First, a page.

US stock futures are rising, ahead of Joe Biden’s presidential inauguration later on Wednesday. S&P 500 futures are trying to reassert themselves back above the 3800 handle in a bid to erase last week’s losses.
The coronavirus has already nullified any chance of large-scale gatherings for the event. Instead, Washington DC will be filled with some 25,000 National Guard soldiers while the White House and the Capitol building are surrounded by tall fences, in a bid to stem any threat of violence after Capitol Hill was swarmed by a pro-Trump mob earlier this month.
While markets may not react much to the subdued fanfare surrounding today’s inauguration, investors are already peering over the day’s proceedings and trying to anticipate what this incoming administration may herald for markets.
Here is a sampling of some policy moves to look out for, and the potential assets that could be affected:
- More fiscal stimulus
President-elect Biden has already unveiled a $1.9 trillion stimulus plan, with potentially more to come. His nominee for US Treasury Secretary, Janet Yellen, told the Senate on Tuesday that the economic rescue package is the immediate priority, and cited the need to “act big”.
- Higher taxes and regulations
Given the more pressing concerns surrounding the US economic recovery, there is less of an imminent risk that the Biden administration would push through traditionally Democrat-favoured policies such as tax hikes and heightened regulations. Still, that isn’t stopping investors from already trying to ascertain the likelihood and the potential timeline for such an agenda to eventually force its way through sometime over the next 4 years.
- Persisting US-China trade tensions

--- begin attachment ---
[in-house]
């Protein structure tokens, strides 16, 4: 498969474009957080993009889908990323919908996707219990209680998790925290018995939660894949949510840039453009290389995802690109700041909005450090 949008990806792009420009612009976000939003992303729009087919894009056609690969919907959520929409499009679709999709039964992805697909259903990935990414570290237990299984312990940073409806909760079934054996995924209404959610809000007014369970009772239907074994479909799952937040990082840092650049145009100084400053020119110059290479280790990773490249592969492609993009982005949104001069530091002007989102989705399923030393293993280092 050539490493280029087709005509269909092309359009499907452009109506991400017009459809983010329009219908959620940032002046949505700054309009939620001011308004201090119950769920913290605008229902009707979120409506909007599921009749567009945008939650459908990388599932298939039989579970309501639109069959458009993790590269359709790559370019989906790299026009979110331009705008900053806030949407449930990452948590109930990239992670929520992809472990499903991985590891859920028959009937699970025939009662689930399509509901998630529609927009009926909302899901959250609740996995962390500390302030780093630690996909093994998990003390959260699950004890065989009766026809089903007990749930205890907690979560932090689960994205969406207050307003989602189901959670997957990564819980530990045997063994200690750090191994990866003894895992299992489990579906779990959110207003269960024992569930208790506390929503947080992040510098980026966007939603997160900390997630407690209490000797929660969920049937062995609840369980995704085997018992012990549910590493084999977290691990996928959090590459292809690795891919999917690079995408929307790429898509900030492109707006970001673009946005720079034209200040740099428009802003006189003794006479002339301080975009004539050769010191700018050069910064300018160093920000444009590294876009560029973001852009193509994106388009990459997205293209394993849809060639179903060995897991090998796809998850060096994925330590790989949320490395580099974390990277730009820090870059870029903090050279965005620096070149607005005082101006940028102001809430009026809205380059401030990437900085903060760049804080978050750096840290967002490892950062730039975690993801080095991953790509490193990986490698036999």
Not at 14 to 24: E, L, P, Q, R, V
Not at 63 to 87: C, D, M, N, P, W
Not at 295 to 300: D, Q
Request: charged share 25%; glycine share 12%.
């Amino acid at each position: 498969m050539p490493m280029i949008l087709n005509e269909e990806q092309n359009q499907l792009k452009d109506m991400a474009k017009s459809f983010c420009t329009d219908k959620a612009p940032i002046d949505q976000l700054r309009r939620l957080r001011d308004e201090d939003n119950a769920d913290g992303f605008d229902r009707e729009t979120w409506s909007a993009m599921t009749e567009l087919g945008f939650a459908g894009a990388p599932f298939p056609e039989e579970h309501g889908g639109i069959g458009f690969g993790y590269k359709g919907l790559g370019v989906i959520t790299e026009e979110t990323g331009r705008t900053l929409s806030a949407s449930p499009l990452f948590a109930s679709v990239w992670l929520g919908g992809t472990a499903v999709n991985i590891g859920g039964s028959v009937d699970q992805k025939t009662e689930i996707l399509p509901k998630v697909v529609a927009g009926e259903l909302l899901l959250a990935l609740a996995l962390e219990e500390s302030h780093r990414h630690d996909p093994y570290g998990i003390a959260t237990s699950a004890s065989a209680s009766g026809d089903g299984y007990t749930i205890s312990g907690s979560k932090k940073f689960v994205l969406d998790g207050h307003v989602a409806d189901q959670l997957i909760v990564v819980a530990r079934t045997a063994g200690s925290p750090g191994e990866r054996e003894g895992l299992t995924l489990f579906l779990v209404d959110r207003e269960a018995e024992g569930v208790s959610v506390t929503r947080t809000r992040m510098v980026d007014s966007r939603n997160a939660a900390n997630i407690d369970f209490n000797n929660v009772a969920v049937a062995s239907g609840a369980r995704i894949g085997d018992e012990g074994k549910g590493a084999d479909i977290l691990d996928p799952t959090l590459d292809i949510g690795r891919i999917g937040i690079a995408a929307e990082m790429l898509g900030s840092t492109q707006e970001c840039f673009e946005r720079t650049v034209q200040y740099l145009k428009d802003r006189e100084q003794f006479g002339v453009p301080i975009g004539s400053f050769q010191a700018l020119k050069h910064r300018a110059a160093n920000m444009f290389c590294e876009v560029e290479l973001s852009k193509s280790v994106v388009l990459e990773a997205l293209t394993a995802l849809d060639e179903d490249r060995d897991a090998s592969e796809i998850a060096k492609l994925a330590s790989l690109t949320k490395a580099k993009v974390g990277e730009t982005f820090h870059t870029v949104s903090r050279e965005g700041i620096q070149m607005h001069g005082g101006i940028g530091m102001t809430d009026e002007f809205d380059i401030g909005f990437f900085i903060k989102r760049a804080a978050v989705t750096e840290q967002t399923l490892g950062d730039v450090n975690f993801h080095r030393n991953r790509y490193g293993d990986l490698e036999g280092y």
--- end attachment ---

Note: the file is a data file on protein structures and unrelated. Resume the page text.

Yellen used strong words when addressing US-China relations moving forward, dashing hopes that there could be a major reset in ties between the world’s two largest economies under the new POTUS. At least investors can bid adieu to Trump’s policy-by-tweets that shook global markets at unpredictable intervals, and also perhaps to the in-your-face nature of the trade war that the world had grown so accustomed to in recent years.
- Green agenda to the fore
During the presidential debates, then-Democratic presidential candidate Biden already made his ambitions known to “transition” America away from its dependence on Oil. The green agenda may be made clear on day one of the Biden administration, with the incoming POTUS reportedly set to cancel the Keystone XL Pipeline which moves oil across the US-Canada border.
Indeed, a massive burden now falls on the shoulders of the 46th President of the United States. Not only does Biden have to try and heal a politically-divided nation, but his immediate gargantuan task is to help the pandemic-ravaged US economy recover.
Even as risk assets bask in the potential near-term upside based on the US economic recovery prospects, the road ahead requires investors to remain vigilant as to what President Biden’s policies could mean for broad asset classes.
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